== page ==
27 March 1998

From: "Yaman Akdeniz" <lawya@lucs-01.novell.leeds.ac.uk>
To: ukcrypto@maillist.ox.ac.uk
Date: Fri, 27 Mar 1998 10:24:49 GMT0BST
Subject: Police Access to Encrypted Messages - BNA Electronic Commerce an

Dear All,

The following piece is very interesting and mentions a secret policy 
paper which at least we were aware of when we released the initial 
warning with a Cyber-Rights & Cyber-Liberties (UK) press release 
which was followed by a Global Internet Liberty Campaign Statement on 
what has been reported in the media.

Now the following BNA report mentions an anonymous UK officialtalking 

about this internal paper. Comments by  David Hendon of DTI is 
also included in the coverage. Maybe David would like to explain us 
all about this internal policy paper which was issued to the EU 
ministers during the Birmingham summit.

Of course we will never be able to see that internal policy paper as 
there are no laws on Freedom of Information in this country but soon 
that will change as well!

All the best.



BNA Electronic Commerce and Law Report
March 25, 1998.


U.K. President of EU Kicks Off Debate
on Police Access to Encrypted Messages

BRUSSELS-The United Kingdom, in its capacity as the current holder of
the European Union presidency, has prepared a policy paper calling for
law enforcement authorities to have access to encrypted electronic
communications under certain circumstances. The document, submitted to
an EU police working group at the end of February, states that "where
an encryption key is used for confidentiality purposes, it may be
necessary for law enforcement agencies to have lawful access in
certain circumstances. This access may need to be either overt or
covert," a U.K. official told BNA, speaking on the condition of

Exactly which circumstances would require access have not been
determined, said the U.K. official.

The paper was drawn up after an informal meeting of EU justice and
home affairs ministers at the end of January when the ministers
concluded that there was a "need for possibilities of interception by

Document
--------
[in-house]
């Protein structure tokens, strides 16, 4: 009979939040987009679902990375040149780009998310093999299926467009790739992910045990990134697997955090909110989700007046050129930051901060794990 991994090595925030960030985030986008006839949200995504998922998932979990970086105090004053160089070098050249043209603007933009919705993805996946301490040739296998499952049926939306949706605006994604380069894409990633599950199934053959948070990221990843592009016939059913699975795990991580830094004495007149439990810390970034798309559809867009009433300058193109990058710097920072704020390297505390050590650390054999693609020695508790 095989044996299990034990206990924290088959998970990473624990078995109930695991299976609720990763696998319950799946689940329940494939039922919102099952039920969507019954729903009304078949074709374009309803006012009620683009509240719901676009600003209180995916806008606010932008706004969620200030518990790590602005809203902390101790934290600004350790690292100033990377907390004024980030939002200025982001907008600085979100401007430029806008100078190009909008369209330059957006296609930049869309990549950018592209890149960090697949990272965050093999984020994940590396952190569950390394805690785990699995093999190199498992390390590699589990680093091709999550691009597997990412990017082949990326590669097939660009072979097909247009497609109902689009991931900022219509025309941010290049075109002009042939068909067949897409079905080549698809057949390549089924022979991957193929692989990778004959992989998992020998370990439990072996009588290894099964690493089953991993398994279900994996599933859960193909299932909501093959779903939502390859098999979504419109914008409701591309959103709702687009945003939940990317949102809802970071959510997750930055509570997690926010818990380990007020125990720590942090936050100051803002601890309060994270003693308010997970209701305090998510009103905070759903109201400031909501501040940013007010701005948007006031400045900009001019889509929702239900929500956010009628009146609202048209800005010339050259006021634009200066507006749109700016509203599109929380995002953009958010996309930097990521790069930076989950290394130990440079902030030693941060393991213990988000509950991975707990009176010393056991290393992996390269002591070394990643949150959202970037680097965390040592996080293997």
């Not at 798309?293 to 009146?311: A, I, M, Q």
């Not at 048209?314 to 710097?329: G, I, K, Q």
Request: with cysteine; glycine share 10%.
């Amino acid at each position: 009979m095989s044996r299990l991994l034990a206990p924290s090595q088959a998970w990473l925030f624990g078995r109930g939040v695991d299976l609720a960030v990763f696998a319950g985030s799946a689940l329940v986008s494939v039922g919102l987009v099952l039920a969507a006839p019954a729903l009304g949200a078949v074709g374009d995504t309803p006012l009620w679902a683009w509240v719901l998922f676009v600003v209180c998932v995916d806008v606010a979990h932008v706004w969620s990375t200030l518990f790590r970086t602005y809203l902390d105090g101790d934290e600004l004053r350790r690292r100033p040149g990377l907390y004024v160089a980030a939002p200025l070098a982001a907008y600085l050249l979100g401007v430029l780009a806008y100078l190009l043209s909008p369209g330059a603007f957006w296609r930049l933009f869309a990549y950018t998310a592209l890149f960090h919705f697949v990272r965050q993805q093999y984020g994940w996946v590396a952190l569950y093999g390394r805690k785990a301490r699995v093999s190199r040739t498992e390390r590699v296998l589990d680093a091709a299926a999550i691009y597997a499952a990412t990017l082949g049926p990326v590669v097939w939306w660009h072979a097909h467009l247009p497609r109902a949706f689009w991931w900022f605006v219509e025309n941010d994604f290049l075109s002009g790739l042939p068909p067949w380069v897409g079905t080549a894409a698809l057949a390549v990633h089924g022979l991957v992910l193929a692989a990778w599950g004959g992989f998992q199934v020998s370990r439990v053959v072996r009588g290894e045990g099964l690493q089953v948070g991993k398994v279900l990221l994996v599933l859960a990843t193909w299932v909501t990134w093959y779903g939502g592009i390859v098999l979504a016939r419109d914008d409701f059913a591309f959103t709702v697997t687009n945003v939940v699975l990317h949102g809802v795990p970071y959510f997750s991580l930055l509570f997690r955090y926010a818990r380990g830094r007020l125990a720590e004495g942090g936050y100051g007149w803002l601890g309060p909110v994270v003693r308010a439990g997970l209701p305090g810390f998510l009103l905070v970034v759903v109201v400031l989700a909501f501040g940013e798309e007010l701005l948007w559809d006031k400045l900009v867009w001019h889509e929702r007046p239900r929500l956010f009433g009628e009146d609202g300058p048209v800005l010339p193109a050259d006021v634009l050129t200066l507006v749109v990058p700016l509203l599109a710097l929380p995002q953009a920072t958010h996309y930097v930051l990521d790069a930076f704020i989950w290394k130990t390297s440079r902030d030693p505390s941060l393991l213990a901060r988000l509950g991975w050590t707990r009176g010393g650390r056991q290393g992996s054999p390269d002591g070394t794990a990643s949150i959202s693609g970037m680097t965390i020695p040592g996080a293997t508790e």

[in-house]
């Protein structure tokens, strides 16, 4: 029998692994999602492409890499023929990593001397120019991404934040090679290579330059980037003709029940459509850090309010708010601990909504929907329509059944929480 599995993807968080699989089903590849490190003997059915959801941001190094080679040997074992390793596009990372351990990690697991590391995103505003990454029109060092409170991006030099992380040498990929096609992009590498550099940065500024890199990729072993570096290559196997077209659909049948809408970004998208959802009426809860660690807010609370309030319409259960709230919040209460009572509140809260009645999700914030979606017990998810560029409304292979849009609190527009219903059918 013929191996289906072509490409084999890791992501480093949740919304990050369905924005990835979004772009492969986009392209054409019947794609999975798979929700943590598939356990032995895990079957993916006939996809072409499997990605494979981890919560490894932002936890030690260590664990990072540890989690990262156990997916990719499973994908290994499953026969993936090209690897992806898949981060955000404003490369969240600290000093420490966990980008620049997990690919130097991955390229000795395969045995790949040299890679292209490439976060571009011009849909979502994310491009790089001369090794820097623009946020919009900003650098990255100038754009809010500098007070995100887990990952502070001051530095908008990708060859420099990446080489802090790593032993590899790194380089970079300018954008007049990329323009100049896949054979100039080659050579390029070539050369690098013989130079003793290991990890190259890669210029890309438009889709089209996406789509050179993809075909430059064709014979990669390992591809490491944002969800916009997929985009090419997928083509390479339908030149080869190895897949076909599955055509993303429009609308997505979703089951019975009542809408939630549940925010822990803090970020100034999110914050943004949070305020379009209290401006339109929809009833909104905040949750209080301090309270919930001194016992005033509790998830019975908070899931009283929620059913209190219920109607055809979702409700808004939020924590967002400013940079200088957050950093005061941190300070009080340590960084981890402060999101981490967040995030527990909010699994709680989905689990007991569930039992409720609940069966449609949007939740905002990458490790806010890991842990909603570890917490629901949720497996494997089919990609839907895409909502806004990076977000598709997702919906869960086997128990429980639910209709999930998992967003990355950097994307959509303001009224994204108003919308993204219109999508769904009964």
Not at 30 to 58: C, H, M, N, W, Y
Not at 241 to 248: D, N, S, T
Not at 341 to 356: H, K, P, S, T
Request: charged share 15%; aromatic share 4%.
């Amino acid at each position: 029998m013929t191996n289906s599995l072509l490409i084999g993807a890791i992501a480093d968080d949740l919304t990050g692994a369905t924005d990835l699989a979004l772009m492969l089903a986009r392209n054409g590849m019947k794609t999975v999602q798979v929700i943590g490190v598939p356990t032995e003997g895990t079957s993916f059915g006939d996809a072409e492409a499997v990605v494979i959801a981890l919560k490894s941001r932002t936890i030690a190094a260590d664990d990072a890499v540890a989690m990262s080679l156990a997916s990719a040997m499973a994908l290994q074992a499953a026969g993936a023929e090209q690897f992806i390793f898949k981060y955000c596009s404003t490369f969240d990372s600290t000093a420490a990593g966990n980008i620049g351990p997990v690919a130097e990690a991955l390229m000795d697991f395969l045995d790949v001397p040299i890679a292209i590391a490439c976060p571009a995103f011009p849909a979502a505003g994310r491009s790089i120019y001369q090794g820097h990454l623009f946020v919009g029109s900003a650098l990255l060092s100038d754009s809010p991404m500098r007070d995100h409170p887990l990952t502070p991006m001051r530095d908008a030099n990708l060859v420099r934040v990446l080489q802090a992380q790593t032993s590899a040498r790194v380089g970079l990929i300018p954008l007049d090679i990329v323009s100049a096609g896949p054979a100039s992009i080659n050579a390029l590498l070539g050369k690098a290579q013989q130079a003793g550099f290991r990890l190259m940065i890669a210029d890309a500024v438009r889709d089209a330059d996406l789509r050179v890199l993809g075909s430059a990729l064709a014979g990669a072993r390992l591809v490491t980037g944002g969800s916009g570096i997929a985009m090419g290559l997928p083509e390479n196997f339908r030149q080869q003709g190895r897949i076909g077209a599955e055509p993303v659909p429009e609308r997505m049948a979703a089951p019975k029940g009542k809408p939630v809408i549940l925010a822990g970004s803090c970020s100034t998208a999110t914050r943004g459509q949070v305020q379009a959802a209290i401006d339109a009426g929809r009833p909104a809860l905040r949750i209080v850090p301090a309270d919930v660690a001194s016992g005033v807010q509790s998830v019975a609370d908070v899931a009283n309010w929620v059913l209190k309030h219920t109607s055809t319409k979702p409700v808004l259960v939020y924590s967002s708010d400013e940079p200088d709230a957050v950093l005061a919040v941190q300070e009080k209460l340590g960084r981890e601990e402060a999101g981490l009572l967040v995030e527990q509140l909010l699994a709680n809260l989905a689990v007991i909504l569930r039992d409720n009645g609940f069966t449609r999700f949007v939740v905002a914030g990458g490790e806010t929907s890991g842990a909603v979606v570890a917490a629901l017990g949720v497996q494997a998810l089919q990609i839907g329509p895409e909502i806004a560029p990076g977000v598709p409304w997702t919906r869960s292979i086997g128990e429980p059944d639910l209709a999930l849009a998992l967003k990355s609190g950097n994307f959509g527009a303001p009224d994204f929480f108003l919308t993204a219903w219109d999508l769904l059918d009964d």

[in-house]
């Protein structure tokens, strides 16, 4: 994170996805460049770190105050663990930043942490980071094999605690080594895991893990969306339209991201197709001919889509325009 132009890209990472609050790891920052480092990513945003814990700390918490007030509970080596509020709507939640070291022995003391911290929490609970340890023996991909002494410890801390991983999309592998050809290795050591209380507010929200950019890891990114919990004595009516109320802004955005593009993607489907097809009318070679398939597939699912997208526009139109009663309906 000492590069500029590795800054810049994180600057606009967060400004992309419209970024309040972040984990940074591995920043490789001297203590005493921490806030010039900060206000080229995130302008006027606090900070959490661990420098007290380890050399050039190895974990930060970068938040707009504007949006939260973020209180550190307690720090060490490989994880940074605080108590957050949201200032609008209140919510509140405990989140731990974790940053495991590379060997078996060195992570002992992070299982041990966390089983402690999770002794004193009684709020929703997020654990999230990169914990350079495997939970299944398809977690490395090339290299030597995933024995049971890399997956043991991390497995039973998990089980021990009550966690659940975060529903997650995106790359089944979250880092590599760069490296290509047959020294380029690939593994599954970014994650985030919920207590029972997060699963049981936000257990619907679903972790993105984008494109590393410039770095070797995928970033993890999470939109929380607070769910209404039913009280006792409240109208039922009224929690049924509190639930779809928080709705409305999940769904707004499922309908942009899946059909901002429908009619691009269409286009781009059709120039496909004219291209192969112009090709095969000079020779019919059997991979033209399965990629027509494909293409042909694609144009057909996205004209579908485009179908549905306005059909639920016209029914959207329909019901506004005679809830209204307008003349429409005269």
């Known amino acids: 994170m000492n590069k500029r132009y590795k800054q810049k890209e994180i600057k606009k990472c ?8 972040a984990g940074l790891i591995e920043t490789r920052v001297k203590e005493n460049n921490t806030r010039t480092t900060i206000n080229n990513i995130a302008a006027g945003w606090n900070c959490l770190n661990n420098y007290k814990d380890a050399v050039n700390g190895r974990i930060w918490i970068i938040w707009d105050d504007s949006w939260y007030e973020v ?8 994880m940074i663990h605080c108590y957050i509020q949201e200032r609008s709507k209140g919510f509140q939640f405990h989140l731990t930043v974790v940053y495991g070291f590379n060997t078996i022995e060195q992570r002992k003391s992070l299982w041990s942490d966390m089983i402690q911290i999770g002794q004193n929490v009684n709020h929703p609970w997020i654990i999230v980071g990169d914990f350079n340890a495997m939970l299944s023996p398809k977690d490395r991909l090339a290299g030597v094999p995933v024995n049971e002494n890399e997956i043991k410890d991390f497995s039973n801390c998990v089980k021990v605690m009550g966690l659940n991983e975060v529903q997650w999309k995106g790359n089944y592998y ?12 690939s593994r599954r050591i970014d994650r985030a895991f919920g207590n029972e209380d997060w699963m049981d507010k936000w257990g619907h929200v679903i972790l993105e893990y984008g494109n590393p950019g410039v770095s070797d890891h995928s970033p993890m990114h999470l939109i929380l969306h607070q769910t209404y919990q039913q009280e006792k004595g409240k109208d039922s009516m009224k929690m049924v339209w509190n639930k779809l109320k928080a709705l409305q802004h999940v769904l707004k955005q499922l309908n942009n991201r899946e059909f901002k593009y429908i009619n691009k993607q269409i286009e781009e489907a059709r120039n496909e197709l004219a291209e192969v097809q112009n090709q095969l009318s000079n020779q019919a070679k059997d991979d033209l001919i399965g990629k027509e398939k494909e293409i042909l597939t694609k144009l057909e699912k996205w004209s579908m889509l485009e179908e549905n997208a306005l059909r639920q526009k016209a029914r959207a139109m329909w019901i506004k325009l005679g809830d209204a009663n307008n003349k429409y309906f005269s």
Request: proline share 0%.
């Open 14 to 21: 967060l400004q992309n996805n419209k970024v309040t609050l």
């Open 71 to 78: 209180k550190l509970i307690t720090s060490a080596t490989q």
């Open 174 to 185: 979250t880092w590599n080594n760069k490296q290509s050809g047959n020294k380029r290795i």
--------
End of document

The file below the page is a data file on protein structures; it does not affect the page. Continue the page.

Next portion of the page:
law enforcement authorities."

The U.K. paper is further evidence that, as in the United States,
there is a split between law enforcement agencies and industryrelated
government departments and industry itself over the encryption issue.

The British government also argued in the policy paper that under what
it calls a "backdoor key" approach, law enforcement agencies must be
allowed fast access to encrypted messages in order to combat the
increasingly sophisticated communications methods used by criminal
organizations and terrorists, the U.K. official said.

But another official, David Hendon of the U.K.'s Department of Trade
and Industry, said it would be wrong to surmise that the United
Kingdom is about to pursue a mandatory key escrow policy. "Of course
to be 100 percent sure of getting keys, you would need to have
mandatory escrow. But we don't think this is realistic or
in any way attainable and so it would be wrong to make a connection
that the U.K. is about to announce such a thing-which, to be clear, we
are not," said Hendon.

Hendon explained that the paper's reference to "overt" and "covert"
does not imply a call for "back door keys." By overt, he said, "we
were referring to a search warrant that is served on the owner of a
PC," for example. "By covert, we were referring to encryption related
to interception of realtime communications.

Obviously in this case, if the suspect knows his communications are
being bugged, he won't say anything that helps the investigators."
This, said Hendon, is a significant point because U.K. law does not
permit interceptions to be used as evidence. Rather, an interception
enables evidence gathering. Covert access is also necessary in
terrorism investigations because the goal there is to step the
terrorist act before it occurs, he said.

Rift With E Commerce Boosters. "There seems to be
widespread support among the member states for the report," added the
anonymous U.K. official. She also stated that some European Commission
officials would like to think that the U.K. "was out on a limb with
this approach," but they were wrong.

Indeed, both Telecommunications Commissioner Martin Bangemann and
Internal Market Commissioner Mario Monti have argued over the course
of the past year that there is no need for a system where law
enforcement agencies must be given a key to encryption codes.

"If the current trend continues there will likely be a showdown in the
EU with those in favor of promoting a single market for electronic
commerce against access to encryption codes versus those who believe
law enforcement agencies need to have access to encryption," said the
U.K. official.

As part of research compiled before presenting the report, the
Netherlands conducted a survey on the status of encryption legislation
and the socalled "trusted third party" concept where the keys are
deposited with a neutral body. Twelve of the 15 EU member states
responded and some of the results, which the U.K. presidency used in
its report, were as follows:

* One member state (France) has a law requiring the public or
companies to surrender encryption keys to crime detection or state
security services while the United Kingdom and the Netherlands require
this only under certain circumstances.

* In five member states (Spain, the United Kingdom Sweden, the
Netherlands, and France) there is either new or revised legislation
under discussion.

* In four member states (the United Kingdom, Denmark, the Netherlands,
and Greece) trusted third parties (TTPs) are in use.

*No experience in any member state has been  gained from the TTPs by
crime detection and state security services.

Yaman Akdeniz <lawya@leeds.ac.uk>
Cyber-Rights & Cyber-Liberties (UK) at:


Read CR&CL (UK) Report, 'Who Watches the Watchmen'